Jamie Simon, Ryan Lister, and Joseph R. Ecker, The Salk Institute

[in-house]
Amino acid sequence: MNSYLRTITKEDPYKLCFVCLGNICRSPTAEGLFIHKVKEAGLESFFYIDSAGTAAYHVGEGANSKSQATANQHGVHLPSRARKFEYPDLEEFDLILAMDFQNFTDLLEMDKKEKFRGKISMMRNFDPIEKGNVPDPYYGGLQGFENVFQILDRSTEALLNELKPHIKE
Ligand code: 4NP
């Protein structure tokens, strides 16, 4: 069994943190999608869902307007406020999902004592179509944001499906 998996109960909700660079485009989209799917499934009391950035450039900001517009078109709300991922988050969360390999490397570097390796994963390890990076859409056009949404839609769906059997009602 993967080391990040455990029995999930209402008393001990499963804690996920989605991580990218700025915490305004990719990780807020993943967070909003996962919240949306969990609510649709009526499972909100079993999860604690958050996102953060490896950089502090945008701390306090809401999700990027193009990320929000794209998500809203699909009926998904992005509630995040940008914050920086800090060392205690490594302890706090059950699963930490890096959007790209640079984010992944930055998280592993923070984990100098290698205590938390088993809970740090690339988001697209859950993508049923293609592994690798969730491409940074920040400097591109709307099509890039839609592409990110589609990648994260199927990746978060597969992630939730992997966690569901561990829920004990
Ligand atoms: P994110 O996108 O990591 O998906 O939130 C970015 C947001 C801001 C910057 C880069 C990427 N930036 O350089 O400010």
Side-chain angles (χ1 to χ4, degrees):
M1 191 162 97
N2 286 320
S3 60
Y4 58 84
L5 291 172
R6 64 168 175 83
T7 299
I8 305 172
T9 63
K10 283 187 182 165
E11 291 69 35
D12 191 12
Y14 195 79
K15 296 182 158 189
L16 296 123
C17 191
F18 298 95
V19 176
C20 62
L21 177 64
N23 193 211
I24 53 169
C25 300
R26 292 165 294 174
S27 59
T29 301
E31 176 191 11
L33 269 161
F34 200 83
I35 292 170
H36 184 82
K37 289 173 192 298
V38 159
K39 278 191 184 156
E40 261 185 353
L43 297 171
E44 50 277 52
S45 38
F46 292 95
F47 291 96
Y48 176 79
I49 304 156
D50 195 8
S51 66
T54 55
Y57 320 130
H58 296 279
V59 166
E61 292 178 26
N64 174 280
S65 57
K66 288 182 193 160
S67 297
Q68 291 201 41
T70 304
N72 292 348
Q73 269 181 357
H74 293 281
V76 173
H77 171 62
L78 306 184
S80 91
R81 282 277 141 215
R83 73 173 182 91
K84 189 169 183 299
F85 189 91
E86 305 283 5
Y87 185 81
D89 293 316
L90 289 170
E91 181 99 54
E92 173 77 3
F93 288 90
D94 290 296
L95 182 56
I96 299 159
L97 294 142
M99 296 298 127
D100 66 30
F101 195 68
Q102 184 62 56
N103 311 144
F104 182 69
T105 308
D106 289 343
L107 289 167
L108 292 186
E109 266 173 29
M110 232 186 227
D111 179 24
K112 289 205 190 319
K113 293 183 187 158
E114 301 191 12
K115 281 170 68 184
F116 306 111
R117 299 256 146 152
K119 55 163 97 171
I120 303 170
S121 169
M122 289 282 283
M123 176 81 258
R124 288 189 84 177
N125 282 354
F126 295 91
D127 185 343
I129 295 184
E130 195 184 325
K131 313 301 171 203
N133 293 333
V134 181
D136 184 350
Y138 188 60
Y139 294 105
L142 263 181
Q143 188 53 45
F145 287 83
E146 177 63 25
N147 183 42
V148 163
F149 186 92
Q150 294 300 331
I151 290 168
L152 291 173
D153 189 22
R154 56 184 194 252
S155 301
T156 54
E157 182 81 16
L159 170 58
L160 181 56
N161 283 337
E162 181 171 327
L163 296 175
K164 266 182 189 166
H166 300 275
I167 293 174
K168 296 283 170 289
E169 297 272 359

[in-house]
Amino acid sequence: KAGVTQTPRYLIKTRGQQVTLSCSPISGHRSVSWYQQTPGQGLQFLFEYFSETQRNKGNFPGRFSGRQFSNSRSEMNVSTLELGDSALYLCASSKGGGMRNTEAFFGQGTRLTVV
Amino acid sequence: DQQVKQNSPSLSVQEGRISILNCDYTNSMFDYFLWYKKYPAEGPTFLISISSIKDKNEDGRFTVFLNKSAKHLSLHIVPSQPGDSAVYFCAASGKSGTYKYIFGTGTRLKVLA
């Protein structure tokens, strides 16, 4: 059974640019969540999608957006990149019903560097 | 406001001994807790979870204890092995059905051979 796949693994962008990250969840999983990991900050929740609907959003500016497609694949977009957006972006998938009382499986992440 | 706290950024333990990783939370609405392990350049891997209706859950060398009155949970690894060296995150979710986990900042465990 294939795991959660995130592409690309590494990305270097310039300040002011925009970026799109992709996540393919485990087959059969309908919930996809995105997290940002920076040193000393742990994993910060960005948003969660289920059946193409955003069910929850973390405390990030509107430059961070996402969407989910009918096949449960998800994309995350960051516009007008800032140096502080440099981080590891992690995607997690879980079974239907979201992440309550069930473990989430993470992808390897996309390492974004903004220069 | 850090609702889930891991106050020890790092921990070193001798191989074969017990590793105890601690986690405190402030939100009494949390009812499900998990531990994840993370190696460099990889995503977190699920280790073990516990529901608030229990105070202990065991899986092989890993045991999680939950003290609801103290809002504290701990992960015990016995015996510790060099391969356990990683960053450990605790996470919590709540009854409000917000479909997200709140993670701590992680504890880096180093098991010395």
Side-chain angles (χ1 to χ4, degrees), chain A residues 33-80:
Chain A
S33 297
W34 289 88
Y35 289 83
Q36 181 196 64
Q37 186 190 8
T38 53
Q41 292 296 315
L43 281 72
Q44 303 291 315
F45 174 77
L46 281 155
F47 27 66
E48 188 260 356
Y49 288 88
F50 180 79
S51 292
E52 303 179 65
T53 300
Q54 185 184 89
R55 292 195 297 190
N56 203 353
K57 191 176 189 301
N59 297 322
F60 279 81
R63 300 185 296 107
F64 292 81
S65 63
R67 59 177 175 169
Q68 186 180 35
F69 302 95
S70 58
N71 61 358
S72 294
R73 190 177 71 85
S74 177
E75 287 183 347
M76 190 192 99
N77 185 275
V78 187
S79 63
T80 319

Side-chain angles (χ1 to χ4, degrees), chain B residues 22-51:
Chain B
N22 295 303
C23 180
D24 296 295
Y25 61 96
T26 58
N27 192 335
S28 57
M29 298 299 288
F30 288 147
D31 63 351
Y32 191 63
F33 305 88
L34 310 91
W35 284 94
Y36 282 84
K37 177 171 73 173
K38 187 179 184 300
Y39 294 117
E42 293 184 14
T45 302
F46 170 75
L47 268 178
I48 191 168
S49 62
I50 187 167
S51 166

Recent technological advances have made it easier to detect human mutations and link them to pathology. Our ability to identify and target cancer-specific mutations has opened up a new and promising line of research. The rise of new genetic editing tools and a deeper understanding of the genetic architecture of traits, combined with reproductive technologies, offer the possibility to eliminate or mitigate the deleterious impact of mutations. While some mutations are easier to target than others, which can cause frustration at the pace of translating genetic information into medical help, enormous progress has arguably been made in the decade since the first human genome was decoded—and there's the promise of even more clinical applications in the future.